ECONOMIC migration - the seemingly inexorable movement of the population to the south of England - was one of the key reasons Joel Barnett came up with his infamous funding formula 27 years ago.

The then-Chief Secretary to the Treasury figured, quiet correctly, that the only way to stem the tide was to create favourable economic conditions in those areas most at risk. That's why more Government money flowed into Scotland and has continued to do so ever since.

Scotland stills receives almost £750 per head more than the North-East even though it has long since outstripped the region in terms of output and prosperity. Our region has been forced to deal as best it can with the demise of old industries like mining and shipbuilding.

No wonder there has been an outflow of people to the more affluent South.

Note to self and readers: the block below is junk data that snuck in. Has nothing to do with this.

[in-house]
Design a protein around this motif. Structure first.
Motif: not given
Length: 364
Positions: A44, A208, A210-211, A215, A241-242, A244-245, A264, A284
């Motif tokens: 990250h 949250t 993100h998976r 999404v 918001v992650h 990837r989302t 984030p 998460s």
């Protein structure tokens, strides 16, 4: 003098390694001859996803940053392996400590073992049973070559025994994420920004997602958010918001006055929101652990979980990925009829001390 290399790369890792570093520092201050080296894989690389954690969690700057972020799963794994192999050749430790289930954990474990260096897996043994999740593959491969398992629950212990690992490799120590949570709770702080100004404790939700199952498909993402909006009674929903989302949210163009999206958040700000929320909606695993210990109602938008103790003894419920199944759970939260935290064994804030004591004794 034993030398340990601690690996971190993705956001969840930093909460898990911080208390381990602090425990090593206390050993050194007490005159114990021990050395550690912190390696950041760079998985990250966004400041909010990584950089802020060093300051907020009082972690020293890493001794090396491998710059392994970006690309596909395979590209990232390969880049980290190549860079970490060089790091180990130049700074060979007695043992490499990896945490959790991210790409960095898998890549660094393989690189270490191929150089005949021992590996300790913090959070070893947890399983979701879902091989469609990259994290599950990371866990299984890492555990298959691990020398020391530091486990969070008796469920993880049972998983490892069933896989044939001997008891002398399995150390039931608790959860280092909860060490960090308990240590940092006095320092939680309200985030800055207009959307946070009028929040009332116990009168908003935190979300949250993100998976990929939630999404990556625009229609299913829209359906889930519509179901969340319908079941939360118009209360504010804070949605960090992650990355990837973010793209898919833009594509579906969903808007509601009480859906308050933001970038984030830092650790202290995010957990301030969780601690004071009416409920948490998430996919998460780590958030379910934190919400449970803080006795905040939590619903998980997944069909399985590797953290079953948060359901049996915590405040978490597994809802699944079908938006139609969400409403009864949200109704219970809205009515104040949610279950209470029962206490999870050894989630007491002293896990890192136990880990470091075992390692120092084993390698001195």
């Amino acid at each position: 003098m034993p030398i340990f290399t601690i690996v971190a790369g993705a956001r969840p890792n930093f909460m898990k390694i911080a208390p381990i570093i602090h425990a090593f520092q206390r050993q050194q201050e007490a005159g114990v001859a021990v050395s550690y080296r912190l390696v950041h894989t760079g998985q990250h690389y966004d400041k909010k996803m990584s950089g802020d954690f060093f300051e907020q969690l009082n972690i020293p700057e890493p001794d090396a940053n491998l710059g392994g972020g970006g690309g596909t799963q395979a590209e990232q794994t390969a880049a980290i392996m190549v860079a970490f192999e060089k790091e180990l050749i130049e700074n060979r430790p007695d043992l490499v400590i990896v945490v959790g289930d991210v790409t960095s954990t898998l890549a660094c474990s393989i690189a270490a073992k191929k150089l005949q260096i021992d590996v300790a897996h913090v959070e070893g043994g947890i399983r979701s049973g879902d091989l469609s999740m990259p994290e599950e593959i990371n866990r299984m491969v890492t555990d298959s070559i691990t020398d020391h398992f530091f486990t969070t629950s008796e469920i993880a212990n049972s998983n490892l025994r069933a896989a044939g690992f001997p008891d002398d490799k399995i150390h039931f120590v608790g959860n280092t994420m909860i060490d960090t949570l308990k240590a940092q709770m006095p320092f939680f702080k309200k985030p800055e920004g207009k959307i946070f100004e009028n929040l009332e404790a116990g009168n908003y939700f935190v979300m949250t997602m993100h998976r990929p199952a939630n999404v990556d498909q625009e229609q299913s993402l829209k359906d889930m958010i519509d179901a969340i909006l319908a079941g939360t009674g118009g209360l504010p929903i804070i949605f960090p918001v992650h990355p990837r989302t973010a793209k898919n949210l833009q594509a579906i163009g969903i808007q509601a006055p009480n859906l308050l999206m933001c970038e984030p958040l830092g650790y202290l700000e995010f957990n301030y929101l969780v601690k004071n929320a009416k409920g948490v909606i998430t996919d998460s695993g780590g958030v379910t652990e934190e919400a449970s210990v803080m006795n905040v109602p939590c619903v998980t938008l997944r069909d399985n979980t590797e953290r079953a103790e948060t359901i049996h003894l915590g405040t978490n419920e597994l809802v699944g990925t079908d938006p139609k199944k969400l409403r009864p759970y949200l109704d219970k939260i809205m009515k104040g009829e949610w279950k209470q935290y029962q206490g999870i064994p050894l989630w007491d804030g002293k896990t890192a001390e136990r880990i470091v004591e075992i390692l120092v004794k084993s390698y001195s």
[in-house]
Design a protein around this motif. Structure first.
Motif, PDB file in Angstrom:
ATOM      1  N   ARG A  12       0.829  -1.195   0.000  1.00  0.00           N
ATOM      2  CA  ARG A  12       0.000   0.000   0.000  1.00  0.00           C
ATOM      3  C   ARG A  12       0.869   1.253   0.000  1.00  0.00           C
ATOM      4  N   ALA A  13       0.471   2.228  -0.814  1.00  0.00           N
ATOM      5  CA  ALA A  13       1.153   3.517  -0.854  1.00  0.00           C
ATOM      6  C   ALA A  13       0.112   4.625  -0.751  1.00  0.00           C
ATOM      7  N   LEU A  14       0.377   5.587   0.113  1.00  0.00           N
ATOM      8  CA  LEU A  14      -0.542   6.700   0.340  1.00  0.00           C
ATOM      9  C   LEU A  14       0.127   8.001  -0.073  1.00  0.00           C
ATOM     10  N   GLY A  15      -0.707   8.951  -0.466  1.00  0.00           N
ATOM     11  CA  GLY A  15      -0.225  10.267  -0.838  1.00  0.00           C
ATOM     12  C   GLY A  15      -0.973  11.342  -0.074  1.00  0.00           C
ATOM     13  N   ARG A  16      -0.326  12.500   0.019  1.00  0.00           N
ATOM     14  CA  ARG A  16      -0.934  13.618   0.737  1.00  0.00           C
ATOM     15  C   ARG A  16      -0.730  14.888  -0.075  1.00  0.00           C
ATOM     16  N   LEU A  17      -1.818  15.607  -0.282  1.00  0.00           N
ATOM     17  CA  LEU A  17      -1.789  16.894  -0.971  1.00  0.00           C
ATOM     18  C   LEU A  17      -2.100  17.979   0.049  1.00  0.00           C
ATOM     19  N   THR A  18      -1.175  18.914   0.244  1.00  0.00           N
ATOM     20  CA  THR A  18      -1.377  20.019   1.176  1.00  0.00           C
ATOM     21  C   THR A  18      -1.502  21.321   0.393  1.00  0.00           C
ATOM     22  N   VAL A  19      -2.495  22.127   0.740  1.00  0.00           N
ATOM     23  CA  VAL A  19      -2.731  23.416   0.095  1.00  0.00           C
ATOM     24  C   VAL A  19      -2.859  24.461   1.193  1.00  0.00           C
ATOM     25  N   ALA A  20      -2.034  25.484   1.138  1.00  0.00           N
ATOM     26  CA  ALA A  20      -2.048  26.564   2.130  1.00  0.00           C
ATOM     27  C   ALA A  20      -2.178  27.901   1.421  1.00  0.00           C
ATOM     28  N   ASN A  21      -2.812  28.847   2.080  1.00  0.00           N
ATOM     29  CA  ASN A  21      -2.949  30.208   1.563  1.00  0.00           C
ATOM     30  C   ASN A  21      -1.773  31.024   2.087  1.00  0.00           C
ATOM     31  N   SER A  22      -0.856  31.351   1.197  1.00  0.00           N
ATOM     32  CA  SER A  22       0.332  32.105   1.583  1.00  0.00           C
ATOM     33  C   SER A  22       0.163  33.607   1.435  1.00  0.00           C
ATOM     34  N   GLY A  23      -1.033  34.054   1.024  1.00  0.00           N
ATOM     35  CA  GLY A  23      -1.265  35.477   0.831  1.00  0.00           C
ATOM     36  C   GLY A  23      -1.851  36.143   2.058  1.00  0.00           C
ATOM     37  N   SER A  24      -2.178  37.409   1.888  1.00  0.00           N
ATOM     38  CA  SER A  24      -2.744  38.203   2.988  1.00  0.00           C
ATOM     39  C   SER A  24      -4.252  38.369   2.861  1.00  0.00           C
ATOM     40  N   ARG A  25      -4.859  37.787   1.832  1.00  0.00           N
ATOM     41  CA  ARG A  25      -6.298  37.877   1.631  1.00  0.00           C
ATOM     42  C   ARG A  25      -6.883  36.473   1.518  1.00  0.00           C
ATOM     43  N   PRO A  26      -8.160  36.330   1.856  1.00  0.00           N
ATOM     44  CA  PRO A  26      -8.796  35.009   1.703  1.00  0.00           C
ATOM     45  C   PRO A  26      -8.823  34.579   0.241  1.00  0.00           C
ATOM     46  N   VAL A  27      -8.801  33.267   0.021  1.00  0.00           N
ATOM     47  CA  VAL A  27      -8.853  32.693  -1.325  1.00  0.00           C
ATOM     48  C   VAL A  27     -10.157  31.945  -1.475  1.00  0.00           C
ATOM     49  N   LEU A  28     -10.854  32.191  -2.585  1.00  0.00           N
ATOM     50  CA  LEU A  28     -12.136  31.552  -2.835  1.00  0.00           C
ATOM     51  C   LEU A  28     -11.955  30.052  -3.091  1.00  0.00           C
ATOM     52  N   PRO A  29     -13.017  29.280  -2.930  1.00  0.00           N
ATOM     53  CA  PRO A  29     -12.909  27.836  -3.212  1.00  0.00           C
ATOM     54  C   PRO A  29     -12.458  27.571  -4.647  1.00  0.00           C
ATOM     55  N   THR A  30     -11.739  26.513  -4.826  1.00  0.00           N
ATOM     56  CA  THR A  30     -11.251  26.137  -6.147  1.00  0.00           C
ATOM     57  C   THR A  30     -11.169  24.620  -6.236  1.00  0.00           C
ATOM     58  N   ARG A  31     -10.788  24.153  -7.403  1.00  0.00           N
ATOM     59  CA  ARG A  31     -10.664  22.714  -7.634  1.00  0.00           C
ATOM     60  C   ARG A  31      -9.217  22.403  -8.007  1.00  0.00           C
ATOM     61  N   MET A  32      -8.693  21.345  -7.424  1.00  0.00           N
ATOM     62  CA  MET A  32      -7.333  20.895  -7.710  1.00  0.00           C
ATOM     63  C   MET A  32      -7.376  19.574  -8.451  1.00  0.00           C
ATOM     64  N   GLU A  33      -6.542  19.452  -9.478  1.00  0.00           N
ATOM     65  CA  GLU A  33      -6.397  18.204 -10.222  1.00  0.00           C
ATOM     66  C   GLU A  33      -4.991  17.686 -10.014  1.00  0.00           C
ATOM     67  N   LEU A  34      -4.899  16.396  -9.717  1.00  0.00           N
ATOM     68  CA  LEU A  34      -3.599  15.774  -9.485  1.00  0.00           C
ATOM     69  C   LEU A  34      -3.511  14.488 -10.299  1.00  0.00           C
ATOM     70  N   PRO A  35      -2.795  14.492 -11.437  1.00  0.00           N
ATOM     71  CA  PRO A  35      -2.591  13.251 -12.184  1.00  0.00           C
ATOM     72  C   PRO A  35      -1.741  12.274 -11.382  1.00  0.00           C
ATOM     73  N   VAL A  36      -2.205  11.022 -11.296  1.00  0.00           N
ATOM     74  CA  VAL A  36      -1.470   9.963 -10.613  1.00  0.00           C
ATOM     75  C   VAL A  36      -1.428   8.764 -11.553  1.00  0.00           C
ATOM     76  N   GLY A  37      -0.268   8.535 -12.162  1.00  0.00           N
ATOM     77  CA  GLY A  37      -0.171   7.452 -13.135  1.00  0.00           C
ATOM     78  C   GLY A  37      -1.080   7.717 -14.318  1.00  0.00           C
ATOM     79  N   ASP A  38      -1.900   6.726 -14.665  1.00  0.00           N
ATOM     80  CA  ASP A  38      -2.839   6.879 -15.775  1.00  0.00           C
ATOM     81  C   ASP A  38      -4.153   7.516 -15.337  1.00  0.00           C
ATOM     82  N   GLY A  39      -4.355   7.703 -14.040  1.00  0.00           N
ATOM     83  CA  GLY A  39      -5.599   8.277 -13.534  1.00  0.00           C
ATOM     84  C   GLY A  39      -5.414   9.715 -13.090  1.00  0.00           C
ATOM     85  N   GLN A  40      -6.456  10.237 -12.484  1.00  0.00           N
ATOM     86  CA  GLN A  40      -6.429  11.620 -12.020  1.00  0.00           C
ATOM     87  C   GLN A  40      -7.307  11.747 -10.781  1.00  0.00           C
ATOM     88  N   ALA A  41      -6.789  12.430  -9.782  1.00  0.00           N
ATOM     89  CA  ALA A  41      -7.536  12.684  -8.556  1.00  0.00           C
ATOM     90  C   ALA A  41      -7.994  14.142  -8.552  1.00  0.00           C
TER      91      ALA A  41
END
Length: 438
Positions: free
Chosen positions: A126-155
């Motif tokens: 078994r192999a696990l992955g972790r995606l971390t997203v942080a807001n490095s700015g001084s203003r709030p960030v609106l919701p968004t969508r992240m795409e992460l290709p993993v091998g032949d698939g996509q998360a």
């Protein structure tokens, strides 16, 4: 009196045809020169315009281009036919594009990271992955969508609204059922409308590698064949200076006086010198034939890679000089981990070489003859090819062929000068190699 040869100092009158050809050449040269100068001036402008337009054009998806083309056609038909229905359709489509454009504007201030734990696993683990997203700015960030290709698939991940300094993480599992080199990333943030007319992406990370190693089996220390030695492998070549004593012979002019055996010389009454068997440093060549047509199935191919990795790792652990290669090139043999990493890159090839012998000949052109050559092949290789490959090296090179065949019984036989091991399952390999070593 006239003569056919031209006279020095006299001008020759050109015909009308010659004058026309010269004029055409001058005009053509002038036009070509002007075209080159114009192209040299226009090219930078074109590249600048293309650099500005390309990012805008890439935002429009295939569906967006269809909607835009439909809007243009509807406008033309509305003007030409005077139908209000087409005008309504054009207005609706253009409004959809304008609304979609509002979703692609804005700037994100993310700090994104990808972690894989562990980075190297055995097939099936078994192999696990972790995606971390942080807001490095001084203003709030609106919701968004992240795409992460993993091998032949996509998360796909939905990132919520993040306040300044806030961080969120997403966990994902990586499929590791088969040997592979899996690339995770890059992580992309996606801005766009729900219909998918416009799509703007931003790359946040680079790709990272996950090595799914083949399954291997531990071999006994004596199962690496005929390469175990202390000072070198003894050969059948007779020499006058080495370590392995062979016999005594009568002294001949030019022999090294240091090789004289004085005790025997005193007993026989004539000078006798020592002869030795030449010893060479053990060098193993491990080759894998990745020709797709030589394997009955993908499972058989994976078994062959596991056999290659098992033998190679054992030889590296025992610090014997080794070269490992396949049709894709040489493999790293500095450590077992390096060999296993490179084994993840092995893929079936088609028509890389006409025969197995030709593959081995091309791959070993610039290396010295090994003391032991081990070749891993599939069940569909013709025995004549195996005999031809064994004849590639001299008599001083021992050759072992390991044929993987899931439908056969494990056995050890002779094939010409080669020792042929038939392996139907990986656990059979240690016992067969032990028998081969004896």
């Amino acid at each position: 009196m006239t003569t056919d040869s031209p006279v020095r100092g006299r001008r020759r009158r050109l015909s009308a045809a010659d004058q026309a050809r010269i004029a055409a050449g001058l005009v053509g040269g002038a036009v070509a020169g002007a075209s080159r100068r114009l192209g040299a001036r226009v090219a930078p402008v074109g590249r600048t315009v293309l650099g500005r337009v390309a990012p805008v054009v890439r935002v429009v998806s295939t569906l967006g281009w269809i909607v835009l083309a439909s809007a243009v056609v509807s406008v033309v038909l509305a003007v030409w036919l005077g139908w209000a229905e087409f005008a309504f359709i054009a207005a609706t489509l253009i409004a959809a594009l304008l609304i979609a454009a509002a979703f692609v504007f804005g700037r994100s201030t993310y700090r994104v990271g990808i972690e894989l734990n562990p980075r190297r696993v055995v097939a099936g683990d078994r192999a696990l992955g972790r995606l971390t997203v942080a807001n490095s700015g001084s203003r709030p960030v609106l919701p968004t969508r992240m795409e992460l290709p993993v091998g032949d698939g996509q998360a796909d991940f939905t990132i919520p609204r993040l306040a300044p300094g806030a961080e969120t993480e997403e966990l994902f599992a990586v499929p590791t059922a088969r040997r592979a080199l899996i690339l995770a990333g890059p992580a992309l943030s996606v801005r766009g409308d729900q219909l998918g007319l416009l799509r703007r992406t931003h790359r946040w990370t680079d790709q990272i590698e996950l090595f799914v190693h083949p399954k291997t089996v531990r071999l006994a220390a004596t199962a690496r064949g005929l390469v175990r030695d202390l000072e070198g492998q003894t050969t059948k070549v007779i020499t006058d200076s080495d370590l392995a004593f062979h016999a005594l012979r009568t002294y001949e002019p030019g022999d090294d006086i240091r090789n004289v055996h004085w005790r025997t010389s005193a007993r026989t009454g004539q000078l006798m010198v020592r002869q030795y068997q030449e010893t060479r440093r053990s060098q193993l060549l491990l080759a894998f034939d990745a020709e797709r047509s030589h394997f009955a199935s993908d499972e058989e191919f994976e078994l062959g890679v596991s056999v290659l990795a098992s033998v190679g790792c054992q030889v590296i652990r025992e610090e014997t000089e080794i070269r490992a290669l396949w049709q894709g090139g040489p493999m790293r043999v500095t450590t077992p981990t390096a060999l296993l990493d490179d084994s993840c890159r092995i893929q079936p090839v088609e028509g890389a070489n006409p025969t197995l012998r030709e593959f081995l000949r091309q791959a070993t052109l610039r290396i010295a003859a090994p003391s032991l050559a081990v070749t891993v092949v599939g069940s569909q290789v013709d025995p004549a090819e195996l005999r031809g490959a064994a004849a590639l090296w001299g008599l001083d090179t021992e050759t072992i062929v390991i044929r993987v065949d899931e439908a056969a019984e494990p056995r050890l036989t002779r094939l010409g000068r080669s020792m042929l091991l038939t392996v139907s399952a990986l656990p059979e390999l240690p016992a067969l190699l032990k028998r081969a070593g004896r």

But latest figures paint a different story. Families are no longer leaving the area because they think they can find a better life elsewhere.

Maybe quality of life has become more important? Certainly the overcrowded and congested South does not look anywhere near as attractive any more.

Nor should we under-estimate the efforts of the regional development agency One NorthEast which has put in place the foundations for a brighter future.

So it's sad to see the North-East facing yet another slap in the face. If a new funding formula goes ahead, money for services will be based on historical population trends.

This will cost the region around £250m and could put £100 on council tax bills.

How can this be fair?

And how does it sit alongside the Government's "Northern Way" policy - a growth strategy that's supposed to help close the £3 billion North-South productivity gap? Key to the strategy is dealing with skills shortages and improvements to infrastructure. Achieving these will be all the harder if much needed funds are diverted to other parts of the country.

If the Northern Way is to succeed then this region needs to hang on to its greatest asset - its people.